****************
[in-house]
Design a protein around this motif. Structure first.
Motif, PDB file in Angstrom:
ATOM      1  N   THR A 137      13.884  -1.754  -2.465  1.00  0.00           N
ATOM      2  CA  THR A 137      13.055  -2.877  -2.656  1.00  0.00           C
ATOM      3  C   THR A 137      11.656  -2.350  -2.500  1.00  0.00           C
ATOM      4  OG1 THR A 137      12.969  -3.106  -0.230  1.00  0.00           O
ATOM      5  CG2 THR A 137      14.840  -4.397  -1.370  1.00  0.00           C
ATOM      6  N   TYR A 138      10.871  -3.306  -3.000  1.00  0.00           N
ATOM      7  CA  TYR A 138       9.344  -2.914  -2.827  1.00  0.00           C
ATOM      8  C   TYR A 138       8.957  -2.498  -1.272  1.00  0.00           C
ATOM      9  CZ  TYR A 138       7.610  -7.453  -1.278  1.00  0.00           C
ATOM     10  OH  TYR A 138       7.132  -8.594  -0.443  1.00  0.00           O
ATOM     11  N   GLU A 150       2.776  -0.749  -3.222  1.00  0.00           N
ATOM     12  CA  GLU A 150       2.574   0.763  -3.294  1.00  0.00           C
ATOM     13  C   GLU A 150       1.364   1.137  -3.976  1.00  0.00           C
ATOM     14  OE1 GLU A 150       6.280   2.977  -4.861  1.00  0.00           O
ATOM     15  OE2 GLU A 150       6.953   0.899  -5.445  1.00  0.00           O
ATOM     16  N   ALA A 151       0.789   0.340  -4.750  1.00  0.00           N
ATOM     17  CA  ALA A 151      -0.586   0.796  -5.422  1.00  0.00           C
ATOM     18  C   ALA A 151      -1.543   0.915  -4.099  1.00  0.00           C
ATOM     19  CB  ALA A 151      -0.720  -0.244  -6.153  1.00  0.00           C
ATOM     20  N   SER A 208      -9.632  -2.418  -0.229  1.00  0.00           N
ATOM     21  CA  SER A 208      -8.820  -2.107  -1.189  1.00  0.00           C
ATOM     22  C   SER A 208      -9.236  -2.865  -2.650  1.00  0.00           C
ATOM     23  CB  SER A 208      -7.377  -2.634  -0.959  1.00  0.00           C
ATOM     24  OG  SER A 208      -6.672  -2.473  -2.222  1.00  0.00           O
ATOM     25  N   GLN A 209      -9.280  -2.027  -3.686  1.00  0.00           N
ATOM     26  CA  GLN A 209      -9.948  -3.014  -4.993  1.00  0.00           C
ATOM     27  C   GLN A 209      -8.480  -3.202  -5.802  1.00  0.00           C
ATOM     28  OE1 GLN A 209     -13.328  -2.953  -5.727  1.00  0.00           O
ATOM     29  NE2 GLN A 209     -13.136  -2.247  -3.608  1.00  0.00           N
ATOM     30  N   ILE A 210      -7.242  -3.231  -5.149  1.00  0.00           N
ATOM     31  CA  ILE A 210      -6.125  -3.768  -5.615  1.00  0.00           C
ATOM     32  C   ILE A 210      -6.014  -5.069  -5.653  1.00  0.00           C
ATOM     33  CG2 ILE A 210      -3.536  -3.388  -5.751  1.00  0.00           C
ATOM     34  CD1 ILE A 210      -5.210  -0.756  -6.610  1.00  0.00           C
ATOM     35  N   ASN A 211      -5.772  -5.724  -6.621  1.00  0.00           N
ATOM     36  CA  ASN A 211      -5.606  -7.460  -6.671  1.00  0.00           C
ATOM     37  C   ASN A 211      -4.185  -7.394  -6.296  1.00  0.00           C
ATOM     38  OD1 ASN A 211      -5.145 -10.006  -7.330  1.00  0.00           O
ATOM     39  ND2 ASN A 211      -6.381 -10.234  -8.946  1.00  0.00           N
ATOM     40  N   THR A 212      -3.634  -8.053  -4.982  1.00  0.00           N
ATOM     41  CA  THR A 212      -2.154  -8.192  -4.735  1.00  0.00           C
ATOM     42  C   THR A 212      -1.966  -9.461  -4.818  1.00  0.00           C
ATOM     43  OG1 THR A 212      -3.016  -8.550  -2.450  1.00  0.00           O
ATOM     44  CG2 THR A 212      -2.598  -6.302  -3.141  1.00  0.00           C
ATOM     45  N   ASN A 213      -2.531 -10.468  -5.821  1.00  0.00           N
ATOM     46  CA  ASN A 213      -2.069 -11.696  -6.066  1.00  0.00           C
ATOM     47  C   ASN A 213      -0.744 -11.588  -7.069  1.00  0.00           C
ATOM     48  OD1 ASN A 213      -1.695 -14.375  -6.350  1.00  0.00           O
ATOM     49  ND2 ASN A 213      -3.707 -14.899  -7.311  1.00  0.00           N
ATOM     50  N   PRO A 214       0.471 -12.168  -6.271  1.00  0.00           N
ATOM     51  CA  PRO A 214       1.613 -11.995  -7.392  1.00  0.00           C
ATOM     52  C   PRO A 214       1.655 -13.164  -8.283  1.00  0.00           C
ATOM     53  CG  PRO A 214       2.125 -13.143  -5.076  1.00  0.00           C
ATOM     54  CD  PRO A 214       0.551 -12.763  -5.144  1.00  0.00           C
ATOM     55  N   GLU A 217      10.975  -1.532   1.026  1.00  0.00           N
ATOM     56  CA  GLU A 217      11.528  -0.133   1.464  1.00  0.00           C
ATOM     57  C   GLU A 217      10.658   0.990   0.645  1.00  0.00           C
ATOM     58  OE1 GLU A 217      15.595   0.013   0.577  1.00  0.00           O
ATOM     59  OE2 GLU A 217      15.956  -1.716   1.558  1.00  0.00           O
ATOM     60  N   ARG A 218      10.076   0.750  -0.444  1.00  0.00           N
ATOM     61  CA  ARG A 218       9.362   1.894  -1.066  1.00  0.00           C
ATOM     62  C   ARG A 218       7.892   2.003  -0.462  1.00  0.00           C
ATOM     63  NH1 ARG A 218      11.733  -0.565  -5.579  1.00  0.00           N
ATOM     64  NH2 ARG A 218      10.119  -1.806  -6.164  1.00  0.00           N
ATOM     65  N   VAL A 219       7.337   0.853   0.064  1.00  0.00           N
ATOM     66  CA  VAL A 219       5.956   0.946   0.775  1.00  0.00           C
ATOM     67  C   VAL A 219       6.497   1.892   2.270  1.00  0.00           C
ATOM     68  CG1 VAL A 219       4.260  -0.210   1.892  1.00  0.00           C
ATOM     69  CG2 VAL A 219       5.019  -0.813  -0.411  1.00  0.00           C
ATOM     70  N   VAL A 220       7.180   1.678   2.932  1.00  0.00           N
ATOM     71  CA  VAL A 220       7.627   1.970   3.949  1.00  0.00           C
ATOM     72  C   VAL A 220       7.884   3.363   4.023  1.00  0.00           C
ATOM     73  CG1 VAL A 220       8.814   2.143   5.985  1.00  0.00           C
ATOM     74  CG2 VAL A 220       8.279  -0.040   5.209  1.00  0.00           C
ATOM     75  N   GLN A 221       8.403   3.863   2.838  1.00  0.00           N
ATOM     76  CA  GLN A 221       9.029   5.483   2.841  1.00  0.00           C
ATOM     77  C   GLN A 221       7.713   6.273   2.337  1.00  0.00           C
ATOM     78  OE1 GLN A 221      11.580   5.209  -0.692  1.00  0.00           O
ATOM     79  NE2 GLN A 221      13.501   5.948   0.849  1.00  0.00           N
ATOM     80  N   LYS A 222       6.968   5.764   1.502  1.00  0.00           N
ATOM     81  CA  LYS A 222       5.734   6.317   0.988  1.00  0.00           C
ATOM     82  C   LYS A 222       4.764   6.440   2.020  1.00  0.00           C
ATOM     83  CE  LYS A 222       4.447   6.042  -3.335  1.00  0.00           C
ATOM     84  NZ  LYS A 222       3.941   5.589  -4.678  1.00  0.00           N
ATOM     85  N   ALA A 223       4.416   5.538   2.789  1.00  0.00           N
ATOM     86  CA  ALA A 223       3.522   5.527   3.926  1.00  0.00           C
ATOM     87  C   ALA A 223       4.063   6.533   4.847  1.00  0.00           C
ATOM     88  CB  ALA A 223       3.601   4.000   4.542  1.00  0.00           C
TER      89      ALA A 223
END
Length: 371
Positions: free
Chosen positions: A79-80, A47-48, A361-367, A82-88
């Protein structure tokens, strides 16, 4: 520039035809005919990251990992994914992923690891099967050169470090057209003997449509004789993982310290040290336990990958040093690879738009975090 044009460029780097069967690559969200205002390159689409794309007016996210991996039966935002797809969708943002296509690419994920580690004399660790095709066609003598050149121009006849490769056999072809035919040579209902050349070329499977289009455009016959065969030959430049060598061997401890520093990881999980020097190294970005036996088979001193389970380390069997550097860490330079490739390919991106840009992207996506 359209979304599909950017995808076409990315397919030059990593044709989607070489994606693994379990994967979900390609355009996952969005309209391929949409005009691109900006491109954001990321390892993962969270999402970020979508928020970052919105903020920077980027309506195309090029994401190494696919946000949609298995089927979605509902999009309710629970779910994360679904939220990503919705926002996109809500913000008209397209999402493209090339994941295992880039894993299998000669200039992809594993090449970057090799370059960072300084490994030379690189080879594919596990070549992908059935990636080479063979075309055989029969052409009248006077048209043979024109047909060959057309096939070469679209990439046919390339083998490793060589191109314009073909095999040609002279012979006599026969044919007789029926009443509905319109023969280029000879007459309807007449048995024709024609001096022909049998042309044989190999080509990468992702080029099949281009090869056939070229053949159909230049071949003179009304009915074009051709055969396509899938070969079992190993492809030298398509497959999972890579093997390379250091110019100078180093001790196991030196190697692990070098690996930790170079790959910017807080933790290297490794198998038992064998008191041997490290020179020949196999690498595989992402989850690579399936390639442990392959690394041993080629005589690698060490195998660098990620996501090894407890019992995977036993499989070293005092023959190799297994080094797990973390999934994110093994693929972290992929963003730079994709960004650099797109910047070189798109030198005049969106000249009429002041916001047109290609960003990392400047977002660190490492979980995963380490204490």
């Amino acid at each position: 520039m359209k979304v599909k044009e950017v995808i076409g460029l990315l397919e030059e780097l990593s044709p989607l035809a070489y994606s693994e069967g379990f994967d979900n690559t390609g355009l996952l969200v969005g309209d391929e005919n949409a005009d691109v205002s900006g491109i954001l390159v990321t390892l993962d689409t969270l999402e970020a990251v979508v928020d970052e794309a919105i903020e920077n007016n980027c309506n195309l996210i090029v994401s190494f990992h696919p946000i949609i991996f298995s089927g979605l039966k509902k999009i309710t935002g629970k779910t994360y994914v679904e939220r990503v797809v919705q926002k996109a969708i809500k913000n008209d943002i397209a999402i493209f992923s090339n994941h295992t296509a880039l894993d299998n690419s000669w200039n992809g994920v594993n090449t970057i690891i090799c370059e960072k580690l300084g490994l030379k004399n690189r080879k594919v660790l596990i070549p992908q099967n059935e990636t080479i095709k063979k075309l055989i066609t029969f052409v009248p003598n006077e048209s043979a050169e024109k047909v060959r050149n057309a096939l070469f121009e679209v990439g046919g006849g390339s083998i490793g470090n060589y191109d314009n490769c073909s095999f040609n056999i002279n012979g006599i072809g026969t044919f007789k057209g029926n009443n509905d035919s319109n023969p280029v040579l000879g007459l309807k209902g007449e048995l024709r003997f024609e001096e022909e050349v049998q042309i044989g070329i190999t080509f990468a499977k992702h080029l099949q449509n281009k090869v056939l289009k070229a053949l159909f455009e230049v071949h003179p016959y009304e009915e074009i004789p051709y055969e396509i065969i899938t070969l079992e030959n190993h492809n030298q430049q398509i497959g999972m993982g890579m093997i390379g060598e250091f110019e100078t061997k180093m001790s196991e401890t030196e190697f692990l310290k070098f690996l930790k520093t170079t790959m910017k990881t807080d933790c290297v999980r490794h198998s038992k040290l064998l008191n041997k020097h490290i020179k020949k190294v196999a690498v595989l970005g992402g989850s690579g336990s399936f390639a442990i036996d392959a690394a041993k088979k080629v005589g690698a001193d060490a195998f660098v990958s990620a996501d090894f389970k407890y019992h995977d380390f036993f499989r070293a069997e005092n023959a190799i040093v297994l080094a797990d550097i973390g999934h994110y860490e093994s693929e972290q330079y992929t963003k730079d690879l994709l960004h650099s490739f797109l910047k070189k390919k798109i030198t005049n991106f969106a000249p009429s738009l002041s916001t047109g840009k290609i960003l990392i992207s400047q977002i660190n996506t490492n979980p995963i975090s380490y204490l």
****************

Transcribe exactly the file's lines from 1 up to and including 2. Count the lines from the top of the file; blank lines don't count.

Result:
[in-house]
Design a protein around this motif. Structure first.